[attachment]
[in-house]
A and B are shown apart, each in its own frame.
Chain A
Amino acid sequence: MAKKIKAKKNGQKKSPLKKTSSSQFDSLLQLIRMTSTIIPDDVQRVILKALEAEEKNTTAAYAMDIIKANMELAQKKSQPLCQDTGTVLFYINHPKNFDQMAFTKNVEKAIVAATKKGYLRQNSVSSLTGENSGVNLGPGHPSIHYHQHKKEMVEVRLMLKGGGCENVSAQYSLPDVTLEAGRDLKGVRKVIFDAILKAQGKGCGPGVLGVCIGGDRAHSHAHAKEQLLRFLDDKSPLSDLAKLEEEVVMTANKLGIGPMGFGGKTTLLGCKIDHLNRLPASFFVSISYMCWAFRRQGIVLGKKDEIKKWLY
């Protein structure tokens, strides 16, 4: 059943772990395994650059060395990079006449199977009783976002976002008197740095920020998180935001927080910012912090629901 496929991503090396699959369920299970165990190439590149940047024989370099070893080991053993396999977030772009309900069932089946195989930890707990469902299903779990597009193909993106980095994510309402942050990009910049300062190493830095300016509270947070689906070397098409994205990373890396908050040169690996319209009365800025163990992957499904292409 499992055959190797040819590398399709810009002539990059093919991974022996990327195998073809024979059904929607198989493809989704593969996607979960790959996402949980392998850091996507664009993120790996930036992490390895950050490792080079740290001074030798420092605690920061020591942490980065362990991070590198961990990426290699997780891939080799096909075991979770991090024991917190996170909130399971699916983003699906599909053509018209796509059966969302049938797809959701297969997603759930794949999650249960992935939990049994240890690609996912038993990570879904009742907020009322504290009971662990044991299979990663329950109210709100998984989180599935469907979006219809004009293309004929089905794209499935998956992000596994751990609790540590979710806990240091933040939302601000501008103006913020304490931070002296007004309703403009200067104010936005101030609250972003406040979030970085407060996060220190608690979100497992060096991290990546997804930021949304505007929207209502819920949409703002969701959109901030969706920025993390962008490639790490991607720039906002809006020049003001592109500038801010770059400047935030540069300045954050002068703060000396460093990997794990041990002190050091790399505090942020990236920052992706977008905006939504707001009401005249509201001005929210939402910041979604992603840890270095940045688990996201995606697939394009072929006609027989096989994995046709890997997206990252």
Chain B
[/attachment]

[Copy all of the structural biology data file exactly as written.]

[in-house]
A and B are shown apart, each in its own frame.
Chain A
Amino acid sequence: MAKKIKAKKNGQKKSPLKKTSSSQFDSLLQLIRMTSTIIPDDVQRVILKALEAEEKNTTAAYAMDIIKANMELAQKKSQPLCQDTGTVLFYINHPKNFDQMAFTKNVEKAIVAATKKGYLRQNSVSSLTGENSGVNLGPGHPSIHYHQHKKEMVEVRLMLKGGGCENVSAQYSLPDVTLEAGRDLKGVRKVIFDAILKAQGKGCGPGVLGVCIGGDRAHSHAHAKEQLLRFLDDKSPLSDLAKLEEEVVMTANKLGIGPMGFGGKTTLLGCKIDHLNRLPASFFVSISYMCWAFRRQGIVLGKKDEIKKWLY
């Protein structure tokens, strides 16, 4: 059943772990395994650059060395990079006449199977009783976002976002008197740095920020998180935001927080910012912090629901 496929991503090396699959369920299970165990190439590149940047024989370099070893080991053993396999977030772009309900069932089946195989930890707990469902299903779990597009193909993106980095994510309402942050990009910049300062190493830095300016509270947070689906070397098409994205990373890396908050040169690996319209009365800025163990992957499904292409 499992055959190797040819590398399709810009002539990059093919991974022996990327195998073809024979059904929607198989493809989704593969996607979960790959996402949980392998850091996507664009993120790996930036992490390895950050490792080079740290001074030798420092605690920061020591942490980065362990991070590198961990990426290699997780891939080799096909075991979770991090024991917190996170909130399971699916983003699906599909053509018209796509059966969302049938797809959701297969997603759930794949999650249960992935939990049994240890690609996912038993990570879904009742907020009322504290009971662990044991299979990663329950109210709100998984989180599935469907979006219809004009293309004929089905794209499935998956992000596994751990609790540590979710806990240091933040939302601000501008103006913020304490931070002296007004309703403009200067104010936005101030609250972003406040979030970085407060996060220190608690979100497992060096991290990546997804930021949304505007929207209502819920949409703002969701959109901030969706920025993390962008490639790490991607720039906002809006020049003001592109500038801010770059400047935030540069300045954050002068703060000396460093990997794990041990002190050091790399505090942020990236920052992706977008905006939504707001009401005249509201001005929210939402910041979604992603840890270095940045688990996201995606697939394009072929006609027989096989994995046709890997997206990252």
Chain B